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Chapter 9
Picture Post Card Village of the 1880s and 1890s
Table of Contents

Title Page
Author's Preface
1 The Road through Richmond Hill
2 First Peoples on the Land
3 The European Settlers Arrive
4 From Miles' Hill to Richmond Hill: The Birth of a Community
5 Tories and Reformers
6 Stagecoach Lines and Railway Tracks
7 The Neighbours at Mid-Century
8 Fire Brigades and Fence Viewers
9 Picture Post Card Village of the 1880s and 1890s
Spires on the Hill
Coming of Age in Richmond Hill
Pranks, Vandalism, and Village Crime
Business on the Hill
Tiles in the Mosaic: Men and Women Who Shaped Late-Ninetenth-Century Richmond Hill
Richmond Hill's Lacrosse Champs
The Old Lamplighter
For Whom the Bell Tolls?
Local Politics at the End of Victoria's Reign
10 Rails through Richmond Hill
11 The Flowering of Richmond Hill
12 The Village Transformed
Epilogue
Appendices
Table of Illustrations
Index

Coming of Age in Richmond Hill

Hanging Around

A number of the young men in this village are in the habit of standing around on the sidewalks in front of business places, in the evenings, and persons passing are compelled to run a gauntlet between some dozen or so starers. This is extremely unpleasant and especially to ladies, several of whom have complained to us about it. We hope the young men will not persist in this rather ungentlemanly practice. If they must congregate together, let them choose a back street, or a ten-acre [four-hectare] field. But they would be much better at home, employed at some useful and profitable study or recreation.

York Herald,April 14, 1881

Promenading

With the return of the pleasant evenings, the young people have commenced promenading. Yonge Street with its fine stretch of sidewalks affords beautiful accommodation for promenaders. Of course none of our young people ever hang themselves over a garden gate!

The Liberal,April 21, 1882

No Flirting

The girls in the principal cities and towns of Canada are noted as follows: Montreal, the best dressed. Toronto, the tallest and most stylish. Ottawa, the most intelligent. Markham, fond of novel reading and flirting. Richmond Hill, rather pretty, very sociable, and somewhat interesting; no flirting.

York Herald,January 29, 1880

Skating

The ice on Wilson's pond is now in excellent condition, and the young folks are enjoying the exhilerating [sic] exercise of skating thoroughly. We heard of one young lady who thinks skating "just splendid," so on Saturday she gratified her feelings by skating from 10 o'clock a.m. until about 9 p.m. It must be excellent fun.

York Herald,January 15, 1880

Sleigh Riding

The big warm sleighs would be filled with straw, and there were lots of buffalo robes for warmth. The harness and sleigh bells jingled merrily and the occupants of the sleighs sang as they drove along. After a couple of hours in the frosty air, a stop would be made at a home or church hall where hot cocoa, sandwiches, cake and cookies made a pleasant ending to the evening.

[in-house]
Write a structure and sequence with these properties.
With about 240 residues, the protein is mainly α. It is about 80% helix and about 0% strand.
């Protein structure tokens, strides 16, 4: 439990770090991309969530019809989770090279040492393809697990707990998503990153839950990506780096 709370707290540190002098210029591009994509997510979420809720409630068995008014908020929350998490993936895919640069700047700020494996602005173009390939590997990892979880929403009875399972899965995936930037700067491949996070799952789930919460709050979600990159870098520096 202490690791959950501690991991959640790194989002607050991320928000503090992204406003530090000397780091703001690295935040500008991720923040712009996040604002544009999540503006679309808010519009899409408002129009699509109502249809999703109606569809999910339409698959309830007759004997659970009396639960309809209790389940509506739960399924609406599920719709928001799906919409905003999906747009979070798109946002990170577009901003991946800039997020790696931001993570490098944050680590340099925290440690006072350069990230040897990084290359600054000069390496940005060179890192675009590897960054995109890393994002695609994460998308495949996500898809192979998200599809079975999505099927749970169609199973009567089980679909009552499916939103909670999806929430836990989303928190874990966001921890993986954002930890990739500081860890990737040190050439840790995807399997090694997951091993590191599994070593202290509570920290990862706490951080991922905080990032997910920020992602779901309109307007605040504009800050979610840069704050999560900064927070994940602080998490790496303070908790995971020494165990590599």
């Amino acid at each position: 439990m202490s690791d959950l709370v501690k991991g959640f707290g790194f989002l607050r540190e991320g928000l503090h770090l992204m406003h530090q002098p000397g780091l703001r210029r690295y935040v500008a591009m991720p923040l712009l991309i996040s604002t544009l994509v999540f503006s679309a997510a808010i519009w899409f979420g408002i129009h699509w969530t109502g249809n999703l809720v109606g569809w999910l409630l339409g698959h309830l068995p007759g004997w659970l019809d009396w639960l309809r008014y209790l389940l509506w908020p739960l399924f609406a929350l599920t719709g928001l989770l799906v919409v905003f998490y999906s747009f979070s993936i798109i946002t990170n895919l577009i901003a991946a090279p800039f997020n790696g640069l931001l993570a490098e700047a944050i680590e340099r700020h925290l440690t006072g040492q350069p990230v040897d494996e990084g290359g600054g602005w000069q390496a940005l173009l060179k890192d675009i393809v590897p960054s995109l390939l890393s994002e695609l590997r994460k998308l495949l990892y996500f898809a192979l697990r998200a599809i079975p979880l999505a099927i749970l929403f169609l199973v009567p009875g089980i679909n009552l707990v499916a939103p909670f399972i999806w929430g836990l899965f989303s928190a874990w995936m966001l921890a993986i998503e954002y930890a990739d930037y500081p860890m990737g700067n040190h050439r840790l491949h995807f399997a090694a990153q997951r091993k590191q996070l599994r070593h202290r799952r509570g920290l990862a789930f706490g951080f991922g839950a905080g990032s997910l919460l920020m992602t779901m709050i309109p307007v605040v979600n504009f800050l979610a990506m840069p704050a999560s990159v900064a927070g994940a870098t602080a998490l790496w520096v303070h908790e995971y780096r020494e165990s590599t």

Mary Dawson,"Yesterday's Winters,"The Liberal,March 29, 1978

Picnicking at Bond Lake

Merry maidens and dashing young men of a similar temperament are frequently to be seen camping out in the grove, for a few hours, and taking tea under the trees. There is also considerable fun in taking a row around the lake, getting splashed with water, and having to pay $3 for the boats when you get to shore. Then you can walk along the shore, tumble down and roll into the water, get your feet wet, etc.

York Herald,July 15, 1880

Thinking of Marriage

When the girl names the day, the wedding cake is ordered and the minister requested to hold himself in readiness to tie the Gordian knot. A married man is frequently seen hunting a house, and confounding some of our capitalists for not building a number of cottages to rent. But this thought never seems to bother would-be benedicts, judging from the large number of marriages which have taken place in this village and neighborhood this fall.

York Herald,November 30, 1882

Serenading the Newlyweds - The Shivaree

There was considerable enthusiasm aroused amongst the small boys on Monday evening last, on the return home of two newly-married couples. The sound of the tocsin [town bell] was heard at the south end and west side of the village for a short time, but the boys were gratified with a large quantity of candies, and withdrew their forces.

York Herald,September 23, 1880

Dancing

The young men in this village have made arrangements to open a dancing school in the fine large hall in Palmer's new block, over Pogue's new store. The music will be of a first class order, and judging from those who have the matter in hand, its success and proper management are assured. The school will be open once every week on Friday evening, and the terms will be 25 cents per night for gentlemen; ladies free.

York Herald,September 9, 1880

 

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